Last month, the parents of 14 students sued the Koriyama Municipal Government in order to get their schools moved to safe areas. This is the first of its kind lawsuit brought against the Japanese government. Quoting from the article Radiation scare prompts lawsuit to move Fukushima schools from Majorix News:
...Back in May MEXT (Ministry of Education, Culture, Sports, Science and Technology) announced it would increase the safe exposure limit by 20 times from 1 millisievert per year to 20 millisieverts per year but parents pushed back and now MEXT said it would abide by the old safe exposure limit as specified by the ICRP (International Commission on Radiological Protection). Thanks to whomever signed the petition from Green Action Japan, apparently you did help make a difference!
In a suit filed at the Koriyama Branch of the Fukushima District Court, parents of 14 pupils attending either elementary or junior high schools in the city sued the Koriyama government, demanding schools be moved as blocs into safe areas.
“Our aim is to make sure all children in Fukushima Prefecture can take classes in safety,” Kenichi Ido, a lawyer for the plaintiffs, said.
Lawyers for the plaintiffs said they had calculated that of the 266 elementary or junior high schools located within cities in Fukushima Prefecture, merely five recorded radiation levels below the safe average annual radiation exposure level of 1 millisievert as outlined by the International Committee on Radiological Protection (ICRP). In nearby Aizu, where radiation exposure is comparatively low, only one school falls below the ICRP guideline.
Putting public pressure on politicians can be effective. Residents in Fukushima City are calling out for the world's assistance in persuading the Japanese government to issue an official evacuation order for them so that they can evacuate themselves and their children from dangerous radiation contaminated areas. Following is a video translated from Japanese to English (and French):
The video was made by representatives of Moms To Save Children from Radiation. You can show your support by sending an e-mail to email@example.com or passing on the video or this article.
A recent saddening development is that the Japanese government is actually thinking about lessening its evacuation zone and sending residents back in to previously evacuated areas. According to yesterday's AFP article Japan PM visits Fukushima amid talk of cut in zone:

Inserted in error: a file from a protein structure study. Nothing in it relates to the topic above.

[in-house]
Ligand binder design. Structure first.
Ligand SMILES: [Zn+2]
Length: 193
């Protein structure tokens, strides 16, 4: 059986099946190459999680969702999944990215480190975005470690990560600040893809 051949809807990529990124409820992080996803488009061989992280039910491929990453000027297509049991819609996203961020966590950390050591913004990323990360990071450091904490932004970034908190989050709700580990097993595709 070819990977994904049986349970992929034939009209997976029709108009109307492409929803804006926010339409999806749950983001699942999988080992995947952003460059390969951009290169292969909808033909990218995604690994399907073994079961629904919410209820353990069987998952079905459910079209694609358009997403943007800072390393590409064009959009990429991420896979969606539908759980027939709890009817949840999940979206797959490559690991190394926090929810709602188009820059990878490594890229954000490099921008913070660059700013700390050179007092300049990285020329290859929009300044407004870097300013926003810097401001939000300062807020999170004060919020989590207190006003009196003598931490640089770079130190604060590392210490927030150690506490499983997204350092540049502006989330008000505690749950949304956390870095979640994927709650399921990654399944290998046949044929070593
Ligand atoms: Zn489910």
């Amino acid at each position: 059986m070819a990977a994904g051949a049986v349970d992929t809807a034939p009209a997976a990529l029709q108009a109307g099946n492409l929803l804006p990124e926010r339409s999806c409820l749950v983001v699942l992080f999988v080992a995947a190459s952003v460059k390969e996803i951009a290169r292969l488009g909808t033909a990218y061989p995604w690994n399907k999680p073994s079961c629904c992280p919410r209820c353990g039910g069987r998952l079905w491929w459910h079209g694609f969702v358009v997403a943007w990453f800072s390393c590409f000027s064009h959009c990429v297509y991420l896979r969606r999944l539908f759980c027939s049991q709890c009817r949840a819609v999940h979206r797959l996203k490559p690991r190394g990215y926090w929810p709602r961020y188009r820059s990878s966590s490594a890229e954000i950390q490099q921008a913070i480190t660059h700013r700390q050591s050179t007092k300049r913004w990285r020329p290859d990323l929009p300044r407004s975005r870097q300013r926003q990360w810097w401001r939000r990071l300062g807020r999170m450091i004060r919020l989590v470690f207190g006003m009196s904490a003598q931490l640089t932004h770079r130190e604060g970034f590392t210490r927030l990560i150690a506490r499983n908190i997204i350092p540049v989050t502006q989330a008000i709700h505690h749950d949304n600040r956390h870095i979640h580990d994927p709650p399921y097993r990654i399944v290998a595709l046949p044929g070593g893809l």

...This is quite bad news, because it means that financial assistance to help people evacuate will be lessened as well.
The government is now looking at resettling people in evacuated areas outside the plant's 20-kilometre (12-mile) no-go zone, although it has declined to give a specific timeframe.
The mass-circulation Asahi Shimbun on Saturday said the situation has improved enough for the government to consider narrowing an emergency evacuation zone, imposed between 20 and 30 kilometres from the plant, in August.
Presently financial assistance is only available to evacuees who were living within a certain radius (20 km) of the Fukushima I nuclear power plant when the accident occurred. This is already keeping people from leaving contaminated areas who might otherwise be able to evacuate (if given an official order by the Japanese government along with financial assistance), as per the plea from Moms to Save Children from Radiation above.
I thought the following video by political activist and talk show host Alex Jones summarized the plight of those living in radiation contaminated areas quite well.
This is an impromptu video made by Mr. Jones before he went in for an interview with RT News concerning the topic of Bohemian Grove. The Bohemian Club includes several thousand of the Western power elite and they meet once a year in Bohemian Grove to engage in ritual sacrifice (to the ancient Babylonian god Moloch via the Cremation of Care ceremony), cavorting/debauchery and, some would argue, plotting world domination.
 Radiation scare prompts lawsuit to move Fukushima schools, Majorix News
 Japan PM visits Fukushima amid talk of cut in zone, AFP